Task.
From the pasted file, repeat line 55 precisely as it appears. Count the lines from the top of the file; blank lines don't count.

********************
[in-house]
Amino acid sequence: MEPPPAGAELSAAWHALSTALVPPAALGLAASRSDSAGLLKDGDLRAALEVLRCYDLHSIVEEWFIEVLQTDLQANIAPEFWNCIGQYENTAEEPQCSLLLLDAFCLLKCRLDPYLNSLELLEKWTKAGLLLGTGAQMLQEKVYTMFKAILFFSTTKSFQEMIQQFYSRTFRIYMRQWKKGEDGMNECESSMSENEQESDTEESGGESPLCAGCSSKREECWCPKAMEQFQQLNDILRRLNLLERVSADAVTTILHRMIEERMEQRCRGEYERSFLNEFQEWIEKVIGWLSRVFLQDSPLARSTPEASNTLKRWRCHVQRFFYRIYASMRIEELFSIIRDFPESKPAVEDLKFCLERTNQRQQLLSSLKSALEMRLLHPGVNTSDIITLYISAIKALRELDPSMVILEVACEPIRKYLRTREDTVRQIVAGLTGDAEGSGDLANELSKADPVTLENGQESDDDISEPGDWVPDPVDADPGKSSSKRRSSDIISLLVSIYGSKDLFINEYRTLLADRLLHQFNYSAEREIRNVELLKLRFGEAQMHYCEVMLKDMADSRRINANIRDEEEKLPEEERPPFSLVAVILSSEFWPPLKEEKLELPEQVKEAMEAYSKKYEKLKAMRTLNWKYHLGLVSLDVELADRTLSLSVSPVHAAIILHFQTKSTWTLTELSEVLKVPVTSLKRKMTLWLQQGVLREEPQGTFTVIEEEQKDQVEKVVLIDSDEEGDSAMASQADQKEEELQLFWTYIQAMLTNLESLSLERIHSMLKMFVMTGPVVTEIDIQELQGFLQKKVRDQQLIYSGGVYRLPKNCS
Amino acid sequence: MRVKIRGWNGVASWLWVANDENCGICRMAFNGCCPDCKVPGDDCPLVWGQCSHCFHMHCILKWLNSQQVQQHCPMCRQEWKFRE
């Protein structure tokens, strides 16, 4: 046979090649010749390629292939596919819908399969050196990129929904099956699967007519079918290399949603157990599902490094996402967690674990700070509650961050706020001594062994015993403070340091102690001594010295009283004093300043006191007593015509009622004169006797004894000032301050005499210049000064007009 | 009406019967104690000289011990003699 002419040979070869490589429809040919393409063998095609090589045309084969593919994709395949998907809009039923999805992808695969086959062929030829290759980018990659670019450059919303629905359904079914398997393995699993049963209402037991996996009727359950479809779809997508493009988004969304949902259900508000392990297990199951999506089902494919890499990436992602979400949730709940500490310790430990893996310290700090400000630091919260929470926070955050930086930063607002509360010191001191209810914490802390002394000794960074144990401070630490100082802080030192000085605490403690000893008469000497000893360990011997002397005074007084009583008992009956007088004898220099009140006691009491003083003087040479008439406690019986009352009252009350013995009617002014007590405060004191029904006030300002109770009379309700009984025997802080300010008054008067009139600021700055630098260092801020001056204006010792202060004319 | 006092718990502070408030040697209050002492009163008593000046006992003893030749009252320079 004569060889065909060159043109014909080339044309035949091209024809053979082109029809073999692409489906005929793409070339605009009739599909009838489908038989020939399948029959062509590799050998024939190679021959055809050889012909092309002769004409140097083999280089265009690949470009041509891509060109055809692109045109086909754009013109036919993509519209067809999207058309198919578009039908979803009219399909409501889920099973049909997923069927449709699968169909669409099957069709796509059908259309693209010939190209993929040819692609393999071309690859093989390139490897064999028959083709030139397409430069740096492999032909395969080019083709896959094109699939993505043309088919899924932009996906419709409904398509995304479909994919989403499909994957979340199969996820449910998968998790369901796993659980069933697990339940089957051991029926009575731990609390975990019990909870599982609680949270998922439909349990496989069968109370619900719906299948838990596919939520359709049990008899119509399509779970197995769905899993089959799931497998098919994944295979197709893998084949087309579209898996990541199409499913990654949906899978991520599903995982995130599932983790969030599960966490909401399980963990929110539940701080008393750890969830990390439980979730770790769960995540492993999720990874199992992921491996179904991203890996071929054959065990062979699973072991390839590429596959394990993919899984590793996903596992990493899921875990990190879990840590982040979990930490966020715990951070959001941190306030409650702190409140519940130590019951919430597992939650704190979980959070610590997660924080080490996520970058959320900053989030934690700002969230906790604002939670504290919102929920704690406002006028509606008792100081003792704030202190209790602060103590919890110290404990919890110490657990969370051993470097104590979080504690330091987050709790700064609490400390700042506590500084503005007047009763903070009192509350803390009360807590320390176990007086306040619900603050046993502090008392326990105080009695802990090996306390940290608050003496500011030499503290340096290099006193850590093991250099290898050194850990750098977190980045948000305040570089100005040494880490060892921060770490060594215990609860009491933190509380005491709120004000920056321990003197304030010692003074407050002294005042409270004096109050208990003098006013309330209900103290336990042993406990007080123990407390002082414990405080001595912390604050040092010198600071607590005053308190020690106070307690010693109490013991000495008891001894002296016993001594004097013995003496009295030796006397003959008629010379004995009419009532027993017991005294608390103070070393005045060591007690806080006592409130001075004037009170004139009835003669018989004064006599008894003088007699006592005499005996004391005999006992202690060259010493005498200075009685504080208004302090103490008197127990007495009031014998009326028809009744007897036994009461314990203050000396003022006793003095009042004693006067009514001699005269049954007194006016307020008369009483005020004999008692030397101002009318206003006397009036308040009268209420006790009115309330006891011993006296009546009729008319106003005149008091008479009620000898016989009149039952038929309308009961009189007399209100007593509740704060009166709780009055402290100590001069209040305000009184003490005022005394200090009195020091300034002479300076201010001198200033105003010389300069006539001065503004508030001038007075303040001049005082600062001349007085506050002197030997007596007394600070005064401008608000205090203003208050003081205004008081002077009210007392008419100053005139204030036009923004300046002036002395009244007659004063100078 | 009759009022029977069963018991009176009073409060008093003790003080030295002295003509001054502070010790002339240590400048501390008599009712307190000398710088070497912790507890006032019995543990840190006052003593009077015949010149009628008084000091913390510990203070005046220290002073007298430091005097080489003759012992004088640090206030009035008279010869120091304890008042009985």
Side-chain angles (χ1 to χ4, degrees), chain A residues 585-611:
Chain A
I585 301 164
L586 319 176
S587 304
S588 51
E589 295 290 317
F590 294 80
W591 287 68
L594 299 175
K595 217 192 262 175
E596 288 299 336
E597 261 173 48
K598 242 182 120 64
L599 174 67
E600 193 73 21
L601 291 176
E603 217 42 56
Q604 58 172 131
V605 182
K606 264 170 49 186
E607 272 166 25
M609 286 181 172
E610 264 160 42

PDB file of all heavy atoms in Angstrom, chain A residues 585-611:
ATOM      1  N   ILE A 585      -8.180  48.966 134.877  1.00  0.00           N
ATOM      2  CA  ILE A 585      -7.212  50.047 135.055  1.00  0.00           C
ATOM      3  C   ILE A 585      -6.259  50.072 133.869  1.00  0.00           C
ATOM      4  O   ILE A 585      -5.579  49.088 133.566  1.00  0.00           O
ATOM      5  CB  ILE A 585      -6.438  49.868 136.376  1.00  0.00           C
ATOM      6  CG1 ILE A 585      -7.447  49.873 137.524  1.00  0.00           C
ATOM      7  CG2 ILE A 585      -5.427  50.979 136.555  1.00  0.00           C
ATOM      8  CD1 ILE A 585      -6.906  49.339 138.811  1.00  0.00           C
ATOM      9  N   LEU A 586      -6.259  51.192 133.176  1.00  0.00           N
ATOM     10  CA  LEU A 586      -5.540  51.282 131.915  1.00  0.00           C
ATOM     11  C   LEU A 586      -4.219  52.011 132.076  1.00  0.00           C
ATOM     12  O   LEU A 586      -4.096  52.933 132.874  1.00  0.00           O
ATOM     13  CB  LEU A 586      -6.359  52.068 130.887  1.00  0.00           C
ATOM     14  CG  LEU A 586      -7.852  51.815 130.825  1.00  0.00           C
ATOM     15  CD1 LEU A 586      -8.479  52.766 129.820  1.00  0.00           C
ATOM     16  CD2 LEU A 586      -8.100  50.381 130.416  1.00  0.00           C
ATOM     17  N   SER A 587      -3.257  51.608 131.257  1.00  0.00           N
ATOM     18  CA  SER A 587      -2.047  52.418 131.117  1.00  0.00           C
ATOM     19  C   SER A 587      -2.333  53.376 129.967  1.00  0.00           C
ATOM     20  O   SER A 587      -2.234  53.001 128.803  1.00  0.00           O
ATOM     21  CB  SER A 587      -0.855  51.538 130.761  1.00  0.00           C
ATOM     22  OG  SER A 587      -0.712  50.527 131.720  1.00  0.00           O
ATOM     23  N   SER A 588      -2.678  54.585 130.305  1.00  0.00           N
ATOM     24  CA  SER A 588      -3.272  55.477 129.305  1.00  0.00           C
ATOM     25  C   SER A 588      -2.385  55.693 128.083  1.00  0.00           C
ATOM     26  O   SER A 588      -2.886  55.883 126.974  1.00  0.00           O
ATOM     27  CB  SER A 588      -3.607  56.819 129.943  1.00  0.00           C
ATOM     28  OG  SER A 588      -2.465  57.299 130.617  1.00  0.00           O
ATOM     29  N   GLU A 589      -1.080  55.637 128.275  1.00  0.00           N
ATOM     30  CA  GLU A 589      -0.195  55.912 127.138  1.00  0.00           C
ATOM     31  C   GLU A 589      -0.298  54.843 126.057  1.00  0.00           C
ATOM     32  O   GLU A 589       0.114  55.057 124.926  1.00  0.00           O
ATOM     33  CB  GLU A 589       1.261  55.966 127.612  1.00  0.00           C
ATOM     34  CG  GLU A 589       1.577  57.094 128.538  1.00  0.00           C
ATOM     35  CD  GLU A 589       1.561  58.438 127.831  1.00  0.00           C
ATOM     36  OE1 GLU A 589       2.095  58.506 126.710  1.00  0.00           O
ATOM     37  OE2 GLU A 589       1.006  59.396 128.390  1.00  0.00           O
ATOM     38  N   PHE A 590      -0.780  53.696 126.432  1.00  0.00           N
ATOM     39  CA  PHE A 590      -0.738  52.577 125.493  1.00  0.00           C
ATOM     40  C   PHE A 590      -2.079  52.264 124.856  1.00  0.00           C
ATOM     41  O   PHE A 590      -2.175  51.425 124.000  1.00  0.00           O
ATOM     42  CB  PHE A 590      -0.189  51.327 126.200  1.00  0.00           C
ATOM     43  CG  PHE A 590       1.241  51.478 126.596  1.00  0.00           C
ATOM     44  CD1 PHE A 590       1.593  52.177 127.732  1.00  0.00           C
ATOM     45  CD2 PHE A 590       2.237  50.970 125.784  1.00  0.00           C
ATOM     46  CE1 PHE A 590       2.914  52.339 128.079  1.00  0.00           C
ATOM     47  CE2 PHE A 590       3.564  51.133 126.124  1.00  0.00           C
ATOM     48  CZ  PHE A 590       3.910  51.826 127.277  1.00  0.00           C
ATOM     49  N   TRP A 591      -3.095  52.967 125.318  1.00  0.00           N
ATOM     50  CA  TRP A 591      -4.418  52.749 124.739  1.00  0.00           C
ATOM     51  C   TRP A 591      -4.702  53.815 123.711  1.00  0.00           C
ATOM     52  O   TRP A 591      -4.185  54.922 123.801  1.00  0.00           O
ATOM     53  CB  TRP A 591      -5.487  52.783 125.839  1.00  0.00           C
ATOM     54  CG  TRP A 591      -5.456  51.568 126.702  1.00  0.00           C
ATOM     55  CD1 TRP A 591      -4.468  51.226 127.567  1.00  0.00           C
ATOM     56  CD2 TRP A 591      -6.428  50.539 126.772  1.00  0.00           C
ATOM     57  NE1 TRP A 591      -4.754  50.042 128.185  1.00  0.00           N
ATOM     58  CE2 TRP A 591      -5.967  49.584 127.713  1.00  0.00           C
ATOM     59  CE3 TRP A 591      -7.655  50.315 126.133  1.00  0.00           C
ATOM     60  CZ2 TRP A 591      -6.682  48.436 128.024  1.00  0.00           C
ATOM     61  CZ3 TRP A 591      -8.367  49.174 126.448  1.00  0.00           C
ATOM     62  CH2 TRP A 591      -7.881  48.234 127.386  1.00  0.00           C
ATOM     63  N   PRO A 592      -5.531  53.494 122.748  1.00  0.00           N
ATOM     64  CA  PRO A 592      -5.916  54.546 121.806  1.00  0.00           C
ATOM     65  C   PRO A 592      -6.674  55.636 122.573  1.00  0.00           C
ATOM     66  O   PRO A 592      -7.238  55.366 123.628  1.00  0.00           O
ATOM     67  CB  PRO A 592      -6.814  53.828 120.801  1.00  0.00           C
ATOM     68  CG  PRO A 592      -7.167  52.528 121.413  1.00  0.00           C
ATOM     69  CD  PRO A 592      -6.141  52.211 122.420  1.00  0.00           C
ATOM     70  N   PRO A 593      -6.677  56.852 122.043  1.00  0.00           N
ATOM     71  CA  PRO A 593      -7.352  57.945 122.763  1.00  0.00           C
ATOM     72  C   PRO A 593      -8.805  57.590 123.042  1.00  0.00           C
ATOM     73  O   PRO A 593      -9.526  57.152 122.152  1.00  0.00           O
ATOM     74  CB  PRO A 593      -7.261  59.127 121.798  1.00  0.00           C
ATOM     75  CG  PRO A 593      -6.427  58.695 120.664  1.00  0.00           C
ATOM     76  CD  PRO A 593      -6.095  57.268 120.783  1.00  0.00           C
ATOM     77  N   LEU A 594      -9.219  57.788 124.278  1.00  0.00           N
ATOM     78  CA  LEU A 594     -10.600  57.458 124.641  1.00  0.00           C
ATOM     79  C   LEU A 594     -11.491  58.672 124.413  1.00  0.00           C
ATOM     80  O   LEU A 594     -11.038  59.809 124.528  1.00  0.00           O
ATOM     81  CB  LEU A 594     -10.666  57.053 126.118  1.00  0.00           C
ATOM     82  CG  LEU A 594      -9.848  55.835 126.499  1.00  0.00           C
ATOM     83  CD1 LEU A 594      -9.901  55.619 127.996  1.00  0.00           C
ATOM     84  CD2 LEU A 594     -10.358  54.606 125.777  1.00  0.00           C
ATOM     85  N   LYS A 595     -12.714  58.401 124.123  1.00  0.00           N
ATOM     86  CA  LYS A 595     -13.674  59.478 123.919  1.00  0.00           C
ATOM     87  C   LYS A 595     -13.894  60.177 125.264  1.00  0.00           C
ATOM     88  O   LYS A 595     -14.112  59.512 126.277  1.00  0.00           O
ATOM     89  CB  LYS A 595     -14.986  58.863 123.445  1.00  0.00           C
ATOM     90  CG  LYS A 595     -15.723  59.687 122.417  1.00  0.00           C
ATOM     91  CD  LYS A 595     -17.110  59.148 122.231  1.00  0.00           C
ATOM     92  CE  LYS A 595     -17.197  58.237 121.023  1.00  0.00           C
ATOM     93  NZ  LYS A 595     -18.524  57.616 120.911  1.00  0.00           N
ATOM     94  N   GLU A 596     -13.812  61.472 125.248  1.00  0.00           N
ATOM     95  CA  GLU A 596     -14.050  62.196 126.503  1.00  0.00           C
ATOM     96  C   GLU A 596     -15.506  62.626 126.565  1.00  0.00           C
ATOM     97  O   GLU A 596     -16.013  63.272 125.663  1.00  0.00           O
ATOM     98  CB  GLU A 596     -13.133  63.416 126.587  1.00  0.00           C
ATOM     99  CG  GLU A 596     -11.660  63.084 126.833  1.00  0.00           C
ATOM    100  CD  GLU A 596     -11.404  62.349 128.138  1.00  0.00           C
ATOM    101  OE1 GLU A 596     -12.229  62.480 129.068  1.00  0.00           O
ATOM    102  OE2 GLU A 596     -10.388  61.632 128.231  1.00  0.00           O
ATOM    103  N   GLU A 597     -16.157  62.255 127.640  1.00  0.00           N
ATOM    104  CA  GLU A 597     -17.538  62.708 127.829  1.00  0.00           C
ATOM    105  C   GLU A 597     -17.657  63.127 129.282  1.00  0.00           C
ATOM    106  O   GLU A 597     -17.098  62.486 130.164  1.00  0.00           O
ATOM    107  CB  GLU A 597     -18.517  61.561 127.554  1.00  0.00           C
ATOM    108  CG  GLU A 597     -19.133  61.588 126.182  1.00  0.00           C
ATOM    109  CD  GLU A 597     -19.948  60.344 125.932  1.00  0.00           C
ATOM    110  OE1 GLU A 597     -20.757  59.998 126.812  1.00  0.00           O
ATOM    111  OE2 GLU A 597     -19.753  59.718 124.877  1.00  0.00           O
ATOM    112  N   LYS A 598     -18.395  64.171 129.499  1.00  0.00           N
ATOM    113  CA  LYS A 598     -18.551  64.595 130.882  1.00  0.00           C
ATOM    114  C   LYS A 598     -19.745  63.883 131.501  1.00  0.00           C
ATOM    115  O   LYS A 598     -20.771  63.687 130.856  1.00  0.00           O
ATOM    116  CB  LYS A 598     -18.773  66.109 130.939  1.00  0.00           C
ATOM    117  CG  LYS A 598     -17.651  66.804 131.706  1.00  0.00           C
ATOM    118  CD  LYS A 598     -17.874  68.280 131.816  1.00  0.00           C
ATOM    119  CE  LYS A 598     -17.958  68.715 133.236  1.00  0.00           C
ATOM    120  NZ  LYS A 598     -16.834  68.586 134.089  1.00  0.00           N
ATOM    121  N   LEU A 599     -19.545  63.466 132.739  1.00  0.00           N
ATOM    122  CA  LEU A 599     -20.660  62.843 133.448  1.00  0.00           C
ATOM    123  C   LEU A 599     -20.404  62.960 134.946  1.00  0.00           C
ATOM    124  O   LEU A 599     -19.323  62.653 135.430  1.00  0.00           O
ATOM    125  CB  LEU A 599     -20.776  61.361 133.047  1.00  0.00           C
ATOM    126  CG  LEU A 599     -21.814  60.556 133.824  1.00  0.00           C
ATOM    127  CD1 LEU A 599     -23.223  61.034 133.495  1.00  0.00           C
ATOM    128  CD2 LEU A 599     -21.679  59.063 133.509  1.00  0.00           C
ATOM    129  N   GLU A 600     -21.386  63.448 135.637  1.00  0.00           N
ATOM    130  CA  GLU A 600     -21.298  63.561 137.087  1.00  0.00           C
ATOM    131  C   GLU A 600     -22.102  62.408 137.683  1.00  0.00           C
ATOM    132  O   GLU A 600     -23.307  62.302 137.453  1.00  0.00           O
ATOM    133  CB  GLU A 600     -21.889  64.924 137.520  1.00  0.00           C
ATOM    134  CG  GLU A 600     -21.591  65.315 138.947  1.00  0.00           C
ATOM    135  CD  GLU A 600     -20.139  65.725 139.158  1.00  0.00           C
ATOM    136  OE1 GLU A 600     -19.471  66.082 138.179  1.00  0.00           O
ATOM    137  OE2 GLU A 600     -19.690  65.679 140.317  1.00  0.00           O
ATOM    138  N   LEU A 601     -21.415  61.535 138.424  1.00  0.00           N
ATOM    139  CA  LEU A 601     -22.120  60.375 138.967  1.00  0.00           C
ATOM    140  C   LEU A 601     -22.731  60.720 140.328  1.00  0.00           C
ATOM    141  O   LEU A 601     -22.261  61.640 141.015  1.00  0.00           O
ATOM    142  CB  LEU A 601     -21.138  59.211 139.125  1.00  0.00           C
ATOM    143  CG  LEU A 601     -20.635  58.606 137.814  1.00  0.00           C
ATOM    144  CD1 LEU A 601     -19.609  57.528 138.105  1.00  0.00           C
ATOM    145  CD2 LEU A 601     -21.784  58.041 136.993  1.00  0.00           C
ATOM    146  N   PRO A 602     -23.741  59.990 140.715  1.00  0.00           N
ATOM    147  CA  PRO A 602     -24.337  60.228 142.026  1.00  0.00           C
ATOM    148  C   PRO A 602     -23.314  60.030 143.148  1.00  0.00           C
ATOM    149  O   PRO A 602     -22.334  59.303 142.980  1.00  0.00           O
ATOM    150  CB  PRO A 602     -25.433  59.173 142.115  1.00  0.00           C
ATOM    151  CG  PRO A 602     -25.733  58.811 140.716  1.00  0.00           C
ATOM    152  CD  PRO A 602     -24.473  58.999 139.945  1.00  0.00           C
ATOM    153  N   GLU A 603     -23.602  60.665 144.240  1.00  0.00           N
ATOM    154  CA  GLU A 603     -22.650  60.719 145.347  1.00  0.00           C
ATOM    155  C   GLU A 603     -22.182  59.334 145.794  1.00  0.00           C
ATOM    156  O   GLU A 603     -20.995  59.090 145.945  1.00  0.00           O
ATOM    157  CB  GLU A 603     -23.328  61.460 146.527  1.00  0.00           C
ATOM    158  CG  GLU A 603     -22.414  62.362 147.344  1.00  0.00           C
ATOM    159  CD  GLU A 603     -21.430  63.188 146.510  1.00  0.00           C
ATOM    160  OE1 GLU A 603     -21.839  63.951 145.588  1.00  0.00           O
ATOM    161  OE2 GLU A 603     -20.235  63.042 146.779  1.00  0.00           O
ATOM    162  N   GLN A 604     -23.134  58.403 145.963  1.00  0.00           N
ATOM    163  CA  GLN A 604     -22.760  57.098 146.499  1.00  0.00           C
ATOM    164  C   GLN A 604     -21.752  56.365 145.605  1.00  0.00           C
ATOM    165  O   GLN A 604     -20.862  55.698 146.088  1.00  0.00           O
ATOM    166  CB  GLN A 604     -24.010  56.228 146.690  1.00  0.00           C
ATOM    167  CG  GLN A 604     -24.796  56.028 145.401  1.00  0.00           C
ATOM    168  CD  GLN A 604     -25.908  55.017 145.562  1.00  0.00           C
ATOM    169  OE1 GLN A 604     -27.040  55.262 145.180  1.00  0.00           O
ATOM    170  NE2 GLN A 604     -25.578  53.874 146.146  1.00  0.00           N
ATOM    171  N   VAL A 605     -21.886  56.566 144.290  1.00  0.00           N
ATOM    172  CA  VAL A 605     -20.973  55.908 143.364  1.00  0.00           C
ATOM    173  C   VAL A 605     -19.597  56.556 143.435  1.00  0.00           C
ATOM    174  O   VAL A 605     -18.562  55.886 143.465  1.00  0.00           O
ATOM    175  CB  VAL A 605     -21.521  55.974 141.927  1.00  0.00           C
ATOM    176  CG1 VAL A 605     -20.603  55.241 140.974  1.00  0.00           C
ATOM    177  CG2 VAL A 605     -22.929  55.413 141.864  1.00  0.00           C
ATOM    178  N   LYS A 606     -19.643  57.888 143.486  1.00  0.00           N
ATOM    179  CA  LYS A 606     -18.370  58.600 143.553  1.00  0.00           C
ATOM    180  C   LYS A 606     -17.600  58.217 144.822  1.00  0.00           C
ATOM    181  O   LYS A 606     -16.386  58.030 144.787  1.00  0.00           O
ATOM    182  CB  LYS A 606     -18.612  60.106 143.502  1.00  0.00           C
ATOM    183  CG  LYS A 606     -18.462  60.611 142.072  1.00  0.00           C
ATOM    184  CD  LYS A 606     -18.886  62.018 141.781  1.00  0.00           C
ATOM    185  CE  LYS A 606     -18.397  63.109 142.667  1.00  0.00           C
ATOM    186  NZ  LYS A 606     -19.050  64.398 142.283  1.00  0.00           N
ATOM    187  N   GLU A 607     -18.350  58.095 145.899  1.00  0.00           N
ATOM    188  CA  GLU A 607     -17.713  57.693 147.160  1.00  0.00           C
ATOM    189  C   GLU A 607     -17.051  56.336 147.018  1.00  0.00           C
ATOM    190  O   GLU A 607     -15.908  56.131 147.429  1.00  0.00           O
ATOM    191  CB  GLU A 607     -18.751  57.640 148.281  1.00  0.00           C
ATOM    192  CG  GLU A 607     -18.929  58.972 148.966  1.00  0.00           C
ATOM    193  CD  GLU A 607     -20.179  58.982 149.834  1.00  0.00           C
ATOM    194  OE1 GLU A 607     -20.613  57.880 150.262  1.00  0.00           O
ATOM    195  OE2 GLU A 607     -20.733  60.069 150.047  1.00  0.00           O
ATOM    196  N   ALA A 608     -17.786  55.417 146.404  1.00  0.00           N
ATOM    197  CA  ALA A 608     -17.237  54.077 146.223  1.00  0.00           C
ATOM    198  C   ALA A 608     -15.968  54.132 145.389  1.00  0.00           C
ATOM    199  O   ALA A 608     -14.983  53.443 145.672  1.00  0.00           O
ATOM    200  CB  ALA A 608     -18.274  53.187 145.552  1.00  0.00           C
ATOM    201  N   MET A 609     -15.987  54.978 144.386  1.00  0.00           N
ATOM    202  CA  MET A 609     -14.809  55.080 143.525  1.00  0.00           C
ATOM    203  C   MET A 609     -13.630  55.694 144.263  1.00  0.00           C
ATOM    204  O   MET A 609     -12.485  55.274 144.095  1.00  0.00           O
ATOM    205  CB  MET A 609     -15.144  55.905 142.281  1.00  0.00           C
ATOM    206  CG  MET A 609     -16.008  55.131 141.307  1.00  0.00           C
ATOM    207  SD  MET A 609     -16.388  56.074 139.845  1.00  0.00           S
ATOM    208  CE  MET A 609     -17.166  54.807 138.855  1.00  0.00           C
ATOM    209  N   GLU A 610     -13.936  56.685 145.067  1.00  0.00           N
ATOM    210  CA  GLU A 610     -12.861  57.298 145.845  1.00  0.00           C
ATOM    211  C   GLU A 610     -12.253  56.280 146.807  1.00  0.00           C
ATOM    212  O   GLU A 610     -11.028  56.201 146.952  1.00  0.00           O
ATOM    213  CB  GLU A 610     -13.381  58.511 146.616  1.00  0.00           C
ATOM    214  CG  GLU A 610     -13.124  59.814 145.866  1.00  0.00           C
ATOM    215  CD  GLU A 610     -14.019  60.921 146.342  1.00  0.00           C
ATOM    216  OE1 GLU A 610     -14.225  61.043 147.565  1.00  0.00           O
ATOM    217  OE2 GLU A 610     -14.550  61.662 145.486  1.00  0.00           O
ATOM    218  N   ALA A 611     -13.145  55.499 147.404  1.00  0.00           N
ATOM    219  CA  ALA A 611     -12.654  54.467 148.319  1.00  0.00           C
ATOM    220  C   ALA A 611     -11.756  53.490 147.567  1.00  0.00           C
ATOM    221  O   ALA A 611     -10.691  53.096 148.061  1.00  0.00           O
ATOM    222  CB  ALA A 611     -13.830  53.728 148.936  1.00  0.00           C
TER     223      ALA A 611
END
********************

ATOM     26  O   SER A 588      -2.886  55.883 126.974  1.00  0.00           O